This thinking may have been in the plans of the young Mr. Rivera as well. He recently moved into Mr. Klein’s district, and many here believe that it was with an eye toward moving into Mr. Klein’s seat. Velella’s guilty plea opened up the Senate seat too early for Mr. Rivera to be legally substituted for Mr. Klein’s Assembly post. His sister, however, is a bona fide resident of the district, so the seat might be salvaged for the Rivera clan after all. 

    Anticipating opposition from the Diazes, the senior Mr. Rivera, the Democratic leader, has consigned them to the political deep freeze. So the Diazes enlisted a slate of candidates to challenge another organization stalwart, Assemblyman Peter Rivera (no relation) of Parkchester.This was considered a problem for the organization, so the county leader was considering turning to his old enemies, the Espadas, backing them in races this year against the father and son Diaz clan. 

    The Diazes blinked. Wednesday afternoon, they stood in front of Bronx County Democratic headquarters and reluctantly endorsed Assemblyman (Peter) Rivera, buying themselves a year of peace, unless the Espadas decide to go it alone against the Diazes without support from the party bosses. This sets up the possibility, come January, of there being three Bronx Assembly members named Rivera. 

    As for the Velella Senate seat that has so complicated life among the Bronx political clans, there will be a Democratic primary between Messrs. Klein and Kaufman. People are scratching their heads, wondering why the ambitious Mr. Klein would give up a safe seat in the Assembly Democratic majority to move to the minority in the state Senate.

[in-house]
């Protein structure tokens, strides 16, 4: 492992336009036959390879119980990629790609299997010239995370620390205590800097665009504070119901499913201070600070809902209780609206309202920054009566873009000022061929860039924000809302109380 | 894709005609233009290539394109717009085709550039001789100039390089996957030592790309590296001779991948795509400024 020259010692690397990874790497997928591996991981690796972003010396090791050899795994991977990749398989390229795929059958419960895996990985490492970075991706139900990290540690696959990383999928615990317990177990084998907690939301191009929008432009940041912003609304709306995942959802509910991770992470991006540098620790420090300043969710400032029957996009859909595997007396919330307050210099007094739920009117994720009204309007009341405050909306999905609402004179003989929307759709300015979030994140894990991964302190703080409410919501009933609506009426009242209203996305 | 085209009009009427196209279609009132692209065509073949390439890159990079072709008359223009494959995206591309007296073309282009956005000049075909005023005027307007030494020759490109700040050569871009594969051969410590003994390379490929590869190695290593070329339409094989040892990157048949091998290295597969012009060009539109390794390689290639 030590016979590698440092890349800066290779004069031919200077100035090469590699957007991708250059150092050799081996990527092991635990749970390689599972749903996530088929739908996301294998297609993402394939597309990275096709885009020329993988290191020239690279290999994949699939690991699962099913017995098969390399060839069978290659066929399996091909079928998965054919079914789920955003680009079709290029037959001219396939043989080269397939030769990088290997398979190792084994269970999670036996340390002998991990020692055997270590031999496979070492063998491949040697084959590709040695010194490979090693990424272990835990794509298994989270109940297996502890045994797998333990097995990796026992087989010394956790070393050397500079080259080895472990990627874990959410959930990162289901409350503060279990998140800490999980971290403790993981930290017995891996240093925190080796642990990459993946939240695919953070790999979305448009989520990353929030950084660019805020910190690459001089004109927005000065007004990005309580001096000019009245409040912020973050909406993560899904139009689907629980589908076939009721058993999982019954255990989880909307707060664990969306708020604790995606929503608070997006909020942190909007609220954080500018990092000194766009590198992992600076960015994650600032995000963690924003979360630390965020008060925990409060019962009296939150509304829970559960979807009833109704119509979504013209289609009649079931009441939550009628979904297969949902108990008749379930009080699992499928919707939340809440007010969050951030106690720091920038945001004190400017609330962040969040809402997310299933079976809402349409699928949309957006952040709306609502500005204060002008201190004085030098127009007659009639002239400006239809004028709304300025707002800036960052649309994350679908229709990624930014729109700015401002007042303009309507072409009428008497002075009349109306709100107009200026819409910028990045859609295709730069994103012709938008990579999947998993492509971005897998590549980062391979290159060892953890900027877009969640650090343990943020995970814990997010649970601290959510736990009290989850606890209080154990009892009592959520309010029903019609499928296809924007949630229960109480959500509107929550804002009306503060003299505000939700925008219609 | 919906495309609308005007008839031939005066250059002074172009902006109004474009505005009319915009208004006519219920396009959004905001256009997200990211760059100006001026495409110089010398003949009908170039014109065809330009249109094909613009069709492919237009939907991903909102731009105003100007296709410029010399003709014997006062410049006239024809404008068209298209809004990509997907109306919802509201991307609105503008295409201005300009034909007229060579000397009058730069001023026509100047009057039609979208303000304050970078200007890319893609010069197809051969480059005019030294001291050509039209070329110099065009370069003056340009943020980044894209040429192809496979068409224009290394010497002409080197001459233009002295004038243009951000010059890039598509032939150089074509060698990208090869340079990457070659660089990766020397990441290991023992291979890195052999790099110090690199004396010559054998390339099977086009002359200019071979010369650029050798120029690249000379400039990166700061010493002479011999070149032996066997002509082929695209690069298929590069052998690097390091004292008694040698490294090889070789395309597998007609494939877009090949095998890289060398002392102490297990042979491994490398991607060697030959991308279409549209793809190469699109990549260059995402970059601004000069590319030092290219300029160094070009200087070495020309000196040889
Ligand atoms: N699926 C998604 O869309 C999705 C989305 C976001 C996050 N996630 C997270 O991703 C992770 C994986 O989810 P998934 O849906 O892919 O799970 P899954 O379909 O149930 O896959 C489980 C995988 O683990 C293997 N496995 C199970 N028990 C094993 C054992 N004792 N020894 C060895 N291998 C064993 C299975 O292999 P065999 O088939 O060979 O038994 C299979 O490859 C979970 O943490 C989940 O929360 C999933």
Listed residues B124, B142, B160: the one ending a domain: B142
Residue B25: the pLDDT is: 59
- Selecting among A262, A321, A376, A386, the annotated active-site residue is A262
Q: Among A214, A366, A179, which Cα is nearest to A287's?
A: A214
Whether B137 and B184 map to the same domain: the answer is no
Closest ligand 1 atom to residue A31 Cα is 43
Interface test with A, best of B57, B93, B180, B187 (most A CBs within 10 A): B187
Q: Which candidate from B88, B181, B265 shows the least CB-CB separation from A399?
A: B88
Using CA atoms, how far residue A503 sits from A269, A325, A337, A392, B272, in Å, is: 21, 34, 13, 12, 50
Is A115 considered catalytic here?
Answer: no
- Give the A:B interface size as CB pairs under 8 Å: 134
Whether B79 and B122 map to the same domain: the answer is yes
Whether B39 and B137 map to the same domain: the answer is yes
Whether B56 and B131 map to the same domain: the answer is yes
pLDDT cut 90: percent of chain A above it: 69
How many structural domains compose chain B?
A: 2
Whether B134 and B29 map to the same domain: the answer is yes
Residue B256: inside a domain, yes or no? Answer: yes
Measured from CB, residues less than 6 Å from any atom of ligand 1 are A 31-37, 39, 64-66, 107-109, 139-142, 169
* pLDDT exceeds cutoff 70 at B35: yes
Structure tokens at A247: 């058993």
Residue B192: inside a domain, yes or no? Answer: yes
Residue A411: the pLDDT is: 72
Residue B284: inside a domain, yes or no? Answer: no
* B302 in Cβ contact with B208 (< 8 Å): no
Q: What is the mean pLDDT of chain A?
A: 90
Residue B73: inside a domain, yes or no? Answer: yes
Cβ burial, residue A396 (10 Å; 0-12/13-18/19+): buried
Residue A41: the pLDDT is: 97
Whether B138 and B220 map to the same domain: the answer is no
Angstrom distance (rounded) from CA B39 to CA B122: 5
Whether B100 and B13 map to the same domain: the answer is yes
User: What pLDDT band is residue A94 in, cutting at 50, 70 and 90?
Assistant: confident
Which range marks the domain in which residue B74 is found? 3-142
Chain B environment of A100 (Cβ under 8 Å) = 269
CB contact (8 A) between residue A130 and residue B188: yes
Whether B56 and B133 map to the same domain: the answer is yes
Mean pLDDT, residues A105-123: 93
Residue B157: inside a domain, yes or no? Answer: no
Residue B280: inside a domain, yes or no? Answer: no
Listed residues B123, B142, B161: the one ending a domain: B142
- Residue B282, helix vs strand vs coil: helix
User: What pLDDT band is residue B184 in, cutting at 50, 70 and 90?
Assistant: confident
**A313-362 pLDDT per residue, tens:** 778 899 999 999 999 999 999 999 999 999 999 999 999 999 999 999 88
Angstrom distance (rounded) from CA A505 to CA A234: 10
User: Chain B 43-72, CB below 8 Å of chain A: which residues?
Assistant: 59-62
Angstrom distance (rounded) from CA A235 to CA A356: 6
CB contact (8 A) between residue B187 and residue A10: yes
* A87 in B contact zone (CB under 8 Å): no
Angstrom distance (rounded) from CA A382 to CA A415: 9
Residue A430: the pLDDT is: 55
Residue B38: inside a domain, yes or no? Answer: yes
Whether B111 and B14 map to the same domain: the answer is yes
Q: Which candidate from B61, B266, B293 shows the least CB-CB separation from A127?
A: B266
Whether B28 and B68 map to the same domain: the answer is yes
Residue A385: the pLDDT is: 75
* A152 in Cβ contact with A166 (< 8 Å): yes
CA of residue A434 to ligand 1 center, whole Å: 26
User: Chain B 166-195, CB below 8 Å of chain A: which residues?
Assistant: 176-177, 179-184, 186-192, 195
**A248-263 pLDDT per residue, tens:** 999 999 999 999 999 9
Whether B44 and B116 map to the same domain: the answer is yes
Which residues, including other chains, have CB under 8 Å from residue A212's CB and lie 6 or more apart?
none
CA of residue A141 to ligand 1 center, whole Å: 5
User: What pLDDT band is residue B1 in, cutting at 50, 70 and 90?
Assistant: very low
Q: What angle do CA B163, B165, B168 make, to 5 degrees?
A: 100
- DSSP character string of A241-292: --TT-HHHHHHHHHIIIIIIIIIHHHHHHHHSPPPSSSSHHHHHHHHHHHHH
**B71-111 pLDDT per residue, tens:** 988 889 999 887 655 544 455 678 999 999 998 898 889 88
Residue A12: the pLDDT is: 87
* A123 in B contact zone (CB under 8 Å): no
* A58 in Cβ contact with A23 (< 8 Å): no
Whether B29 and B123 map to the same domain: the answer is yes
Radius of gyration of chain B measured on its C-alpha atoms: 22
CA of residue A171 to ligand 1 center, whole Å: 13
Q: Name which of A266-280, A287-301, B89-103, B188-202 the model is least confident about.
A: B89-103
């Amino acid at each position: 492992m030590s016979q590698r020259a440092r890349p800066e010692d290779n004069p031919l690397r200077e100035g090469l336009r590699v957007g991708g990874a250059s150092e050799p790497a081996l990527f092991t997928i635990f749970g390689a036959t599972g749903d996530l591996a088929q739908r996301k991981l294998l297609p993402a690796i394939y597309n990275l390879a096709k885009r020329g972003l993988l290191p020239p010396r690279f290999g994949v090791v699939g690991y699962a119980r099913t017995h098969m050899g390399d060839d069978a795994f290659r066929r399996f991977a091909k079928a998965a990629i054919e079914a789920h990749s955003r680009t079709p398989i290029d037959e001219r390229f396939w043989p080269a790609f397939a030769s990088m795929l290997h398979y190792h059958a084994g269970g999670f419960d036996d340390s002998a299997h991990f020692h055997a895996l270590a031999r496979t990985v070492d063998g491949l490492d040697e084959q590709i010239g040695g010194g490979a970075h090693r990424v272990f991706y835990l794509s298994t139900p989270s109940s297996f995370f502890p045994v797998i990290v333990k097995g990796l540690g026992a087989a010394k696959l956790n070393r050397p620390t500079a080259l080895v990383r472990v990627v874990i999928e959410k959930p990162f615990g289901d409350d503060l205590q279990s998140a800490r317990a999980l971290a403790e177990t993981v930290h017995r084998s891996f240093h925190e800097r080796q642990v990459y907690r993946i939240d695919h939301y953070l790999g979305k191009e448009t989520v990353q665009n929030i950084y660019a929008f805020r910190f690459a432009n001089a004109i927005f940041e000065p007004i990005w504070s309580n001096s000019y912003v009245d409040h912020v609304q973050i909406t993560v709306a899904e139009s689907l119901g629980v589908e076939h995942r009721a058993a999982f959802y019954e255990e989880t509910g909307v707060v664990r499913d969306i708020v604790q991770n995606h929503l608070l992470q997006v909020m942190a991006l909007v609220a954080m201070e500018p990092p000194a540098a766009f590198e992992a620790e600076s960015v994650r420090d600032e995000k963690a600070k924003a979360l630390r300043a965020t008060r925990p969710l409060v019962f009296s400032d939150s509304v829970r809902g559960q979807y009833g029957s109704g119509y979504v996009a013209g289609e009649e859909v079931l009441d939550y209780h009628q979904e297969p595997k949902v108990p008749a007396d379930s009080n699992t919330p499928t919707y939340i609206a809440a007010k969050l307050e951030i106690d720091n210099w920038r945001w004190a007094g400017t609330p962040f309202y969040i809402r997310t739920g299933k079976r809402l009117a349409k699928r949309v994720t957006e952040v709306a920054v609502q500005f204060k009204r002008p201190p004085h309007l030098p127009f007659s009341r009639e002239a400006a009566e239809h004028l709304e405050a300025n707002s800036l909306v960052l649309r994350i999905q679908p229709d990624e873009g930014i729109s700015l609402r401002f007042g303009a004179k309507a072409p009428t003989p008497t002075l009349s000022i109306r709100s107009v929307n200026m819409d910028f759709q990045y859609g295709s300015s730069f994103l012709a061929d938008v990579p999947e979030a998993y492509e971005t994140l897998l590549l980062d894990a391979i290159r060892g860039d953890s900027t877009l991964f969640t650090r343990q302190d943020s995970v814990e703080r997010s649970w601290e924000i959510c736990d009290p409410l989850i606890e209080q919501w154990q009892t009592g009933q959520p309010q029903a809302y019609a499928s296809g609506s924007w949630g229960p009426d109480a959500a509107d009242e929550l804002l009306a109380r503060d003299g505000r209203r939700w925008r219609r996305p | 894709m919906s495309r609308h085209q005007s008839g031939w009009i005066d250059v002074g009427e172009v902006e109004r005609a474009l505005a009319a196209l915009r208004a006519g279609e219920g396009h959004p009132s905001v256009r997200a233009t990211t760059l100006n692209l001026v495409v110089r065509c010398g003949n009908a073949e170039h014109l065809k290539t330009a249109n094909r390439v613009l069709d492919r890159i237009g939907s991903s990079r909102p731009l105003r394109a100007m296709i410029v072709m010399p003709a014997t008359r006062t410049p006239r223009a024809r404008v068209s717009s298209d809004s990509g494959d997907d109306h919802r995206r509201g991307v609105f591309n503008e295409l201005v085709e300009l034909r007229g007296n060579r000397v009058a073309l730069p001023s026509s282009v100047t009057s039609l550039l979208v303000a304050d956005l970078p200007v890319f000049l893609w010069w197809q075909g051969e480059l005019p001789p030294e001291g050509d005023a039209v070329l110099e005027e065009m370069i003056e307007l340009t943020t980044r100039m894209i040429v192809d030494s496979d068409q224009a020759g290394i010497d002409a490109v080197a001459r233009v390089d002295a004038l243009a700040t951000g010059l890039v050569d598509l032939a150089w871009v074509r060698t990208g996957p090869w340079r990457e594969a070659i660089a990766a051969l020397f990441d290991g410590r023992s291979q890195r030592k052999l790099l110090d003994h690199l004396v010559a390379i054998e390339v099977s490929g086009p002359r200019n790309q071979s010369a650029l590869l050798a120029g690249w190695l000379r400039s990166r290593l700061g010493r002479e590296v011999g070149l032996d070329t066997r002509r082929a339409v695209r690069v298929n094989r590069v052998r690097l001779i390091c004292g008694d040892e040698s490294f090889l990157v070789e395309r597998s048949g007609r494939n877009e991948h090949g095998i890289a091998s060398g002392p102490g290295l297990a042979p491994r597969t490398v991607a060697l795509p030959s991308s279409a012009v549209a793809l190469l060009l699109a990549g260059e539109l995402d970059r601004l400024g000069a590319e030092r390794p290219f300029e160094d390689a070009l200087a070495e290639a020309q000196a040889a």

According to a report in Monday’s Daily News, Mr. Klein may feel that he will gain greater exposure in a larger district — one that includes Westchester — in preparation for a possible run next year for attorney general, should Eliot Spitzer move up. Or perhaps Mr. Klein was gently nudged aside by Mr. Rivera, whose daughter is now measuring Mr. Klein’s office for new drapes. 

    Mr. Kaufman has bigger plans. A lifelong moderate Democrat, he has sewn up the Republican and Conservative nominations for the general election, will probably win the Independence Party line, and perhaps even the line of the Working Families Party. This “unity slate” seems to resonate with voters.There is a chance Mr. Kaufman could lose to Mr. Klein in the Democratic primary, but he could still prevail in November. 
    If elected, Mr. Kaufman would sit with the Republican majority caucus. The prospect of a friend in the Senate majority is luring many key Democrats to place their bets on Mr. Kaufman. He is not just looking to win Velella’s seat, but assume his considerable power as well.

© 2004 The New York Sun, One, SL, LLC. All rights reserved.